Vostochny Cosmodrome
The first launch from the Vostochny Cosmodrome, Russia's new spaceport, is scheduled for Wednesday. Pictured is construction being carried out on July 14, 2015. Getty Images

The Vostochny Cosmodrome, Russia's new spaceport located in the far east, will finally launch rockets beginning Wednesday. Construction began in 2011 with an initial launch schedule set for the end of 2015. Setbacks and allegations of corrutption have plagued the construction of the Vostochny Cosmodrome, which has an estimated budget of $4.5 billion to $6 billion. A Soyuz 2.1a rocket carrying three satellites will christen the new spaceport, Agence France-Presse reported.

Due to its remote location, miles of roads and railways needed to be built to provide access to the Vostochny Cosmodrome. A town capable of housing 25,000 individuals, 71 miles of roads and another 77 miles of railways was part of the construction expense of the new spaceport. The Soyuz rocket was installed April 23, ahead of the scheduled Wednesday launch, the Moscow Times reported.

Construction for the entire Vostochny Comsmodrome — with a planned 400 facilities to support satellite launches, manned launches aboard the Soyuz spacecraft and resupply mission to the International Space Station — is expected to be completed in 2018. The spaceport will become the primary launch center, but a decision has to be made on the Baikonur Comsmodrome in Kazakhstan that Russia leases for $115 million under a contract through 2050.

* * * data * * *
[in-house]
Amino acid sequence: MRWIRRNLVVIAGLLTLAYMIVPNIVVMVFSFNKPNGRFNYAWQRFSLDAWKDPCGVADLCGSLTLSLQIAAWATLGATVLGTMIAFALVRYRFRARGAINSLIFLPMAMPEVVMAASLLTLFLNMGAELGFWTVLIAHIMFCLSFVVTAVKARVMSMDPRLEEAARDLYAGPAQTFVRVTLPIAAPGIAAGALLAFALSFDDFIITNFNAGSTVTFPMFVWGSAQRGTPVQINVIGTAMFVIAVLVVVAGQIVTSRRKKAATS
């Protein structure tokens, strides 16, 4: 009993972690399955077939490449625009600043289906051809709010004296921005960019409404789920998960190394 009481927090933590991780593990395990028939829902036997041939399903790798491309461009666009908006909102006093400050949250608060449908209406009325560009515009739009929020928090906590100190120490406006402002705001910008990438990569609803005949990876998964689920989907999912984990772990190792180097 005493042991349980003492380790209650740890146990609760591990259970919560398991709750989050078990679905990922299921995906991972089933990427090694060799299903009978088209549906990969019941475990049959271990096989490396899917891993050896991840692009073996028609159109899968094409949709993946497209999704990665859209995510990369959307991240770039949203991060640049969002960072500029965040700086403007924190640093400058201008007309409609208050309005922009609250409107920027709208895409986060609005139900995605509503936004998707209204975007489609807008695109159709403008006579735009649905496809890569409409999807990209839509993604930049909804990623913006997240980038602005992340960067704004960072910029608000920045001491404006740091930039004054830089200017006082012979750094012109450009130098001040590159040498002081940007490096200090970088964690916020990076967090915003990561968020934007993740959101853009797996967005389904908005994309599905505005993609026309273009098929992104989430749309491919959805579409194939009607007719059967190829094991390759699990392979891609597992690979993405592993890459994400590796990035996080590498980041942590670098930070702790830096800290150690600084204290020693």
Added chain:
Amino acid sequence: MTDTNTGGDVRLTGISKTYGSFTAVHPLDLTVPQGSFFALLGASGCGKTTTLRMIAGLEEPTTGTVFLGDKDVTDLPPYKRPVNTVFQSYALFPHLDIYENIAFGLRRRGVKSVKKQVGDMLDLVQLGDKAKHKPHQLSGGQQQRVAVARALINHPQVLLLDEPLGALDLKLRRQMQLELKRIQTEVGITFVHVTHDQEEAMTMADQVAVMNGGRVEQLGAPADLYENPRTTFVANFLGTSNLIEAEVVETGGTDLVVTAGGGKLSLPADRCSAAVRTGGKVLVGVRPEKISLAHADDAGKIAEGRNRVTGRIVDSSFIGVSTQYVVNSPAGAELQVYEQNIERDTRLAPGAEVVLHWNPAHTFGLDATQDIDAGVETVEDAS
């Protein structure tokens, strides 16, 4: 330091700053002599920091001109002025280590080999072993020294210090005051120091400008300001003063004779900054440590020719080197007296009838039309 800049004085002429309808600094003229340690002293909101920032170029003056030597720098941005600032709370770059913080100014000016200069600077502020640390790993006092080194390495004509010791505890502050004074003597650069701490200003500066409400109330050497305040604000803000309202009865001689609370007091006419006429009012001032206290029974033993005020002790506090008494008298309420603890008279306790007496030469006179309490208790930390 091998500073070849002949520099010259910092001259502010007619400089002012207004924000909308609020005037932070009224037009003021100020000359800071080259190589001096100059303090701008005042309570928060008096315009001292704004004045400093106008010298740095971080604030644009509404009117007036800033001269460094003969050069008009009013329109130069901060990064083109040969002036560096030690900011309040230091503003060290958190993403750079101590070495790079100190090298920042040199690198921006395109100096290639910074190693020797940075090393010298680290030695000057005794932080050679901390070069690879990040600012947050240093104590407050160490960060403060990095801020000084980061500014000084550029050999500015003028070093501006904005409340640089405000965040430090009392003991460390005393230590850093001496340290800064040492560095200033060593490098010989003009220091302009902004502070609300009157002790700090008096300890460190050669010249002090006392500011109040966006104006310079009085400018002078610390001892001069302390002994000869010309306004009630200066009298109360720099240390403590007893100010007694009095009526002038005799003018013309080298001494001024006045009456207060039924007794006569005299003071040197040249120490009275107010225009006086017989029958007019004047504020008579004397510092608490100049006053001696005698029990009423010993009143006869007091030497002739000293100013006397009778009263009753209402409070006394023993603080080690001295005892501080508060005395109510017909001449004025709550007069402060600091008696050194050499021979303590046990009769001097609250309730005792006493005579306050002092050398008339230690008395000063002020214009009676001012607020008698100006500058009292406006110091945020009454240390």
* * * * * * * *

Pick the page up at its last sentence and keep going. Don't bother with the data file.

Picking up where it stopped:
Controversy has surrounded the development of Russia's spaceport. Corruption allegations (ranging from approximately $2 million being embezzled to only $500 million of $3 billion in advancement payments being billed to the Vostochny Cosmodrome) have led to 31 complaints being filed with the state agency overseeing its construction. Labor violations and a worker's strike also affected progress in the completion of the spaceport. The string of setbacks led to Russian President Vladimir Putin to oversee its development.

The current economic crisis has also put into question the need of a multi-billion dollar spaceport when there are three launchpads already being used for Soyuz launches of manned spacecraft and satellites. There are only two scheduled launches for Vostochny, with the second taking place in 2017.